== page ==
Evid.R. 56 explains that a witness may testify as an expert when he is able to impart onto the jury information which he has acquired through experience, knowledge, skill, expertise training or education. Only when such testimony will aid the trier of fact in reaching its Conclusion, however, will such testimony be admitted. See State v. Gunter, 231 N.J. Super. 34, 41, 554 A.2d 1356 (App.Div.), certif. den., 117 N.J. 80-81, 563 A.2d 841 (1989). Thus, expert testimony should 5 only be

[255 NJSuper Page 246]

admitted where it is distinctly related to a particular science, profession or occupation in which the witness is sufficiently experienced. State v. Kelly, 97 N.J. 178, 208, 478 A.2d 364 (1984).

Defendant alleges, however, that Cross's method of calculation was too tenuous to be relied upon by the court or the jury. Although proffered testimony cannot be based upon unreliable scientific techniques, expert testimony should not be rejected merely because it is not completely accurate and reliable. State v. Wanczyk, 196 N.J. Super. 397, 401-02, 482 A.2d 964 (Law Div.1984). Nearly every case contains variables which may affect an expert's Conclusion, and the validity of that opinion should be determined by the jury. Most electric consumers are familiar with the JCP & L's estimation practice and accept the averaging method utilized in monthly billing. A similar practice was used by Cross in his estimation. The practice was sufficiently reliable to submit to the jury and the Judge's ruling, so permitting, is affirmed.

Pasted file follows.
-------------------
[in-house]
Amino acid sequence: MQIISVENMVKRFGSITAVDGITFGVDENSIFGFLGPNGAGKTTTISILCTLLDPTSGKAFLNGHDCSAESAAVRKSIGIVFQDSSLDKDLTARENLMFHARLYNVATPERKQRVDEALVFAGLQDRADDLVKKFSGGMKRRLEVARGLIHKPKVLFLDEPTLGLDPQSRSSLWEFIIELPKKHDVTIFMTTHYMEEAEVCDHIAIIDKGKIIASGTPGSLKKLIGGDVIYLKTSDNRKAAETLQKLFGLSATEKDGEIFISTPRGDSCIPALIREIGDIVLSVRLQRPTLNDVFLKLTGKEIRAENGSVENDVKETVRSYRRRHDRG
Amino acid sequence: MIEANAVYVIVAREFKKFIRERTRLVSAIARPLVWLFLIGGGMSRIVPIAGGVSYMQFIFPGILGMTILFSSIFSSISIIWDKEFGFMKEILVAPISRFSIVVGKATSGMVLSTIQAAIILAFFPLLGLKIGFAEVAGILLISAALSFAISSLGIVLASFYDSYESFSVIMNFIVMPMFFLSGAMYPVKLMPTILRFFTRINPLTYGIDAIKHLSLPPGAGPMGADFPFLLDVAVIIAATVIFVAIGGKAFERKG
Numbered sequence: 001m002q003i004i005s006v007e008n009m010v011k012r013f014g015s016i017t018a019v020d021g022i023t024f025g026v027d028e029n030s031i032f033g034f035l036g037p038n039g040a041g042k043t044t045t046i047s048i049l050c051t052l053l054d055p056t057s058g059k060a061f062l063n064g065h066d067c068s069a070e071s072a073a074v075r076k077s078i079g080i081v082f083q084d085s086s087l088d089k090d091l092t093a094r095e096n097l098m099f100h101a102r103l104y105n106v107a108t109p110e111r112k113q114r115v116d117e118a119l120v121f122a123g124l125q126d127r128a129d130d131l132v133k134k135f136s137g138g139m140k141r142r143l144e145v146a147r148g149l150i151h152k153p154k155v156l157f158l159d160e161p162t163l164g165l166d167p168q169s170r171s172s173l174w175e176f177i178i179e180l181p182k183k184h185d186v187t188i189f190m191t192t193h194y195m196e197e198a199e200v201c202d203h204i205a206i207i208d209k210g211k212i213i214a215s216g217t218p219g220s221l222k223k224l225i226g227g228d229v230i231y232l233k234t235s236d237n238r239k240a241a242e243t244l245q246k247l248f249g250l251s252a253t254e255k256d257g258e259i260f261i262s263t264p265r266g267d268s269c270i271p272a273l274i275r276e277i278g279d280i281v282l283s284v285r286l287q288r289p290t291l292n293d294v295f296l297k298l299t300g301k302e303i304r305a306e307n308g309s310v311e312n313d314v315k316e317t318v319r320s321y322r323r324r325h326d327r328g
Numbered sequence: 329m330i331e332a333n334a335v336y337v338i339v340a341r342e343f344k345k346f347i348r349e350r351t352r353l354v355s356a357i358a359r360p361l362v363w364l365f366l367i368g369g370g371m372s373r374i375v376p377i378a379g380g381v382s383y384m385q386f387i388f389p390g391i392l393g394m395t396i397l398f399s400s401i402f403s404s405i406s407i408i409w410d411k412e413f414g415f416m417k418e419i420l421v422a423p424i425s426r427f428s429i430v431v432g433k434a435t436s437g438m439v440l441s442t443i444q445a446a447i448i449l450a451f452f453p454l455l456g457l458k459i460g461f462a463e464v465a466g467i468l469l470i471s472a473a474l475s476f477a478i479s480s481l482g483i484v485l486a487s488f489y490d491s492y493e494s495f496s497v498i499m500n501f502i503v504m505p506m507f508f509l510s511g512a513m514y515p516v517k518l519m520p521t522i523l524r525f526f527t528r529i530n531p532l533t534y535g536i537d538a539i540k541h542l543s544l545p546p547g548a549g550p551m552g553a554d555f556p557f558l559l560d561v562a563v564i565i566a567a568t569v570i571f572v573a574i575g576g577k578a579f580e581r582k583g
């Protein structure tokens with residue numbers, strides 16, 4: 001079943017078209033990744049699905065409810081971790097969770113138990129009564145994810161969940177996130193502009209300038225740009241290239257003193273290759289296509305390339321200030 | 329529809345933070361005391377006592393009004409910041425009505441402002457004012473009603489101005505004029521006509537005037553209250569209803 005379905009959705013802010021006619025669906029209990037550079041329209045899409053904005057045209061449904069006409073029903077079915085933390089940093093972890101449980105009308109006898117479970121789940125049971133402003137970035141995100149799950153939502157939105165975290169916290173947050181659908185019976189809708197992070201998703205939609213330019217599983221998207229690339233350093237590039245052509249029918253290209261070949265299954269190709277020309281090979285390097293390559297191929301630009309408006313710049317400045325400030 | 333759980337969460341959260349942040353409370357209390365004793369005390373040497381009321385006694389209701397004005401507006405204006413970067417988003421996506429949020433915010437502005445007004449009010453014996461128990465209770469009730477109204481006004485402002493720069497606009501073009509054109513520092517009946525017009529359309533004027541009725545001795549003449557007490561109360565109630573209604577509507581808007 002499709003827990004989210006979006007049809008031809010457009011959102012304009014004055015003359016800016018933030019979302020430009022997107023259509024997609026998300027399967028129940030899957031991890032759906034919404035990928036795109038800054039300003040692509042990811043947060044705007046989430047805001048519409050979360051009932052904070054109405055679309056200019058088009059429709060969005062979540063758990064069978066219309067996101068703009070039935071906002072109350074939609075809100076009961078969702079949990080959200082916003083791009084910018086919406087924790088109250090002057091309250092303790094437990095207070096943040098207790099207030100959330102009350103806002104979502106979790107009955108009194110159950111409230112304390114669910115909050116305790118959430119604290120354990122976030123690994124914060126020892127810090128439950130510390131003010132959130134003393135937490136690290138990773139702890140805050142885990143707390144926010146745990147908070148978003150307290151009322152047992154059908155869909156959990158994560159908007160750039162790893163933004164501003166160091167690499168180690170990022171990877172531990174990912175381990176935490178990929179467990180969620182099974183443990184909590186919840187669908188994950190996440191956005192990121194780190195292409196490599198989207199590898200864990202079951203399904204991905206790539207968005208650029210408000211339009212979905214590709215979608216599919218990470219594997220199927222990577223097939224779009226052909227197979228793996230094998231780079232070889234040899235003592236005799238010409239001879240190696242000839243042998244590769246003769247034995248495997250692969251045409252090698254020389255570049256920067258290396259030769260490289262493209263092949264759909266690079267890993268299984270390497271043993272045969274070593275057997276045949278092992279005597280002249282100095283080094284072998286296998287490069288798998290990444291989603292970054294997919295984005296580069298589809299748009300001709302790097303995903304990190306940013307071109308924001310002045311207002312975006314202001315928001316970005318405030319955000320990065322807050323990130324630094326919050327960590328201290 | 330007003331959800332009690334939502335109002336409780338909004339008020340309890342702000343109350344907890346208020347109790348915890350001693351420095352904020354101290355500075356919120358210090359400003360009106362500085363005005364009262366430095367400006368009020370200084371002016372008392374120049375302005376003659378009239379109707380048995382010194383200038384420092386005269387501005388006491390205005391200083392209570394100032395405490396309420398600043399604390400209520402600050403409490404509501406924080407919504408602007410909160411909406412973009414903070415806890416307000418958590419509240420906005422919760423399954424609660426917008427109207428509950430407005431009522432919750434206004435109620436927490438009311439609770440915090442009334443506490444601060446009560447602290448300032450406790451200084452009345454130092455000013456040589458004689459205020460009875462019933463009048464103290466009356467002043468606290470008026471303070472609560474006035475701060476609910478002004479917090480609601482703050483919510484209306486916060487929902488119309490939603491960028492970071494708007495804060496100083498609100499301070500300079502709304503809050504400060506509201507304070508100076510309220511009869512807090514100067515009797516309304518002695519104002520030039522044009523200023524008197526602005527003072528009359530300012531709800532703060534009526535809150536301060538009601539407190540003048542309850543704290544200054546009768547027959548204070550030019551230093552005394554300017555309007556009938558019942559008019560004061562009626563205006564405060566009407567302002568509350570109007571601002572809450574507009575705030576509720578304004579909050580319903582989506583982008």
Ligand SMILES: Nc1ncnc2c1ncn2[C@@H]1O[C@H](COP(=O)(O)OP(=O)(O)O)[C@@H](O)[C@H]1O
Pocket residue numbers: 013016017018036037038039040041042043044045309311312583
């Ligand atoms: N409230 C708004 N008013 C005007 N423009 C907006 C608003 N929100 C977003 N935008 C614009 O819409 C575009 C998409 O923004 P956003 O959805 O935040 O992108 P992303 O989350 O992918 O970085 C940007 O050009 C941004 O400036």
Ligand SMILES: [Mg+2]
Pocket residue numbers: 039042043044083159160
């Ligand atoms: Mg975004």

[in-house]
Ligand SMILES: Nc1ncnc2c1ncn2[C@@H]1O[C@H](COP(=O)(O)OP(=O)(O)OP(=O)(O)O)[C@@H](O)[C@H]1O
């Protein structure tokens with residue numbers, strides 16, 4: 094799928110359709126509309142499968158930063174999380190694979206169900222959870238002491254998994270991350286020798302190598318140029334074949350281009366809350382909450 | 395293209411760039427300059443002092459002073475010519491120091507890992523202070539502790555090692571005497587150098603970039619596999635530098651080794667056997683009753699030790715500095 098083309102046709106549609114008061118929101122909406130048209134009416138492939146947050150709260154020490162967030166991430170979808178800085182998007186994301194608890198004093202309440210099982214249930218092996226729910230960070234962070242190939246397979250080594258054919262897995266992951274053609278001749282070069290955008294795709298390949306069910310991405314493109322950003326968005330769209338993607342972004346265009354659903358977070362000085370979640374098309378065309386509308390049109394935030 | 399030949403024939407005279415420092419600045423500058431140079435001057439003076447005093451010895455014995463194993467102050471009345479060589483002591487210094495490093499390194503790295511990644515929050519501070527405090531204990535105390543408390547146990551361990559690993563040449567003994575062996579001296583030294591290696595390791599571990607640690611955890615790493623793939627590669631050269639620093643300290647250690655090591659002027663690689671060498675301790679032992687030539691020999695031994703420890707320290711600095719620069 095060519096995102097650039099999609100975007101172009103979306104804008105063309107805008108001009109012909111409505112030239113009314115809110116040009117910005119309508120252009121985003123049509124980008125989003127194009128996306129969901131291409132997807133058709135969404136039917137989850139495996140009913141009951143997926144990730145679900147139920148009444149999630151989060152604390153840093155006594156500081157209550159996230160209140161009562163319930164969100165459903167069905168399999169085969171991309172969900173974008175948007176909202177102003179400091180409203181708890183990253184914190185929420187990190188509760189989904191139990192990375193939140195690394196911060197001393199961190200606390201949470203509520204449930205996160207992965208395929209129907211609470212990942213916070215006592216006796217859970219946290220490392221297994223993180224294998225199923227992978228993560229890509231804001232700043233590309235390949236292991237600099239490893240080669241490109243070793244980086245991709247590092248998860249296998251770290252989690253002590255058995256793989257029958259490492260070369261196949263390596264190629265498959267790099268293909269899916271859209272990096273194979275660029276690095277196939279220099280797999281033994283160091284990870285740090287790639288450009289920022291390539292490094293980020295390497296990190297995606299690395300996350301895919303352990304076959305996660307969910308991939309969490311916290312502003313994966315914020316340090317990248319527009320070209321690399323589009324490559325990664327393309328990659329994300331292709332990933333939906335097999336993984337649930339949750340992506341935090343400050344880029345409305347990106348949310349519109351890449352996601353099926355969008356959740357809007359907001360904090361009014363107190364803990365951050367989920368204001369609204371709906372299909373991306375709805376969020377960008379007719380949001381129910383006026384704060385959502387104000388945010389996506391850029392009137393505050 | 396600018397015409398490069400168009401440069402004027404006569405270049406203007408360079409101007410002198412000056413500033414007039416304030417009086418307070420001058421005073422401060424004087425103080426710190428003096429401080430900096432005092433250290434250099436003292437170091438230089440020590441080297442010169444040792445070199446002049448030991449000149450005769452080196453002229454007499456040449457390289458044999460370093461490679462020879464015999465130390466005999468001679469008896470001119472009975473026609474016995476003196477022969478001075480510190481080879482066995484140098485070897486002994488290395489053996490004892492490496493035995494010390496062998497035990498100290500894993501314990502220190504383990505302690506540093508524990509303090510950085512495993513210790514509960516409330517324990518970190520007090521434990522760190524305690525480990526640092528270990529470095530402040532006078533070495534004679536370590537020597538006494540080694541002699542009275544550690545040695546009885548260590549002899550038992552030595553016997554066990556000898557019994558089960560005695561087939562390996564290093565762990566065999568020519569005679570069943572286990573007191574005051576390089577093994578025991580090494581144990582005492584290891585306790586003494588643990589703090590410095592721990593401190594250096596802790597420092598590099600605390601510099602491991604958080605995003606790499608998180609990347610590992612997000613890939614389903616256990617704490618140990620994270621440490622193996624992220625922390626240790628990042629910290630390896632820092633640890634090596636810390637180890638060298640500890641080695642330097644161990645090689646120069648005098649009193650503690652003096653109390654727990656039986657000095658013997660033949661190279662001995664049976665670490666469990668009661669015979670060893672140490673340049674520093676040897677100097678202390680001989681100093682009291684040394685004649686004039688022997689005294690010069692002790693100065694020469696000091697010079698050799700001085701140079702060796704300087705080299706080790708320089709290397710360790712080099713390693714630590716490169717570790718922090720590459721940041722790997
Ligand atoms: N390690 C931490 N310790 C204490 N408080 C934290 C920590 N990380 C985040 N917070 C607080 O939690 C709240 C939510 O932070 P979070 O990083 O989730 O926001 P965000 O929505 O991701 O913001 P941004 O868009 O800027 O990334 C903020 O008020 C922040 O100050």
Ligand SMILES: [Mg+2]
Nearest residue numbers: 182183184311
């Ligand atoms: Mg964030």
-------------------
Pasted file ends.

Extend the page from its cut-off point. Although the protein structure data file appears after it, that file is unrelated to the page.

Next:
Defendant finally contends that the prosecution failed to present evidence sufficient to convince the jury, beyond a reasonable doubt, of his guilt. 6 Specifically, defendant contends that the State failed to prove that defendant is the individual who committed the offense charged.

The proper standard of review here is whether the State has presented sufficient evidence to warrant a conviction of the crime charged. We have considered whether the jury could have been convinced beyond a reasonable doubt, when viewing the State's evidence in its entirety and giving the State the benefit of all its favorable testimony and all reasonable inferences to be drawn therefrom. State v. Reyes, 50 N.J. 454, 458, 236 A.2d 385 (1967). We find the evidence presented to be sufficient to convict. Defendant testified that his residence is 46 Larchwood Avenue and that he and his family have lived there since 1978. Although he claims his family paid the bills,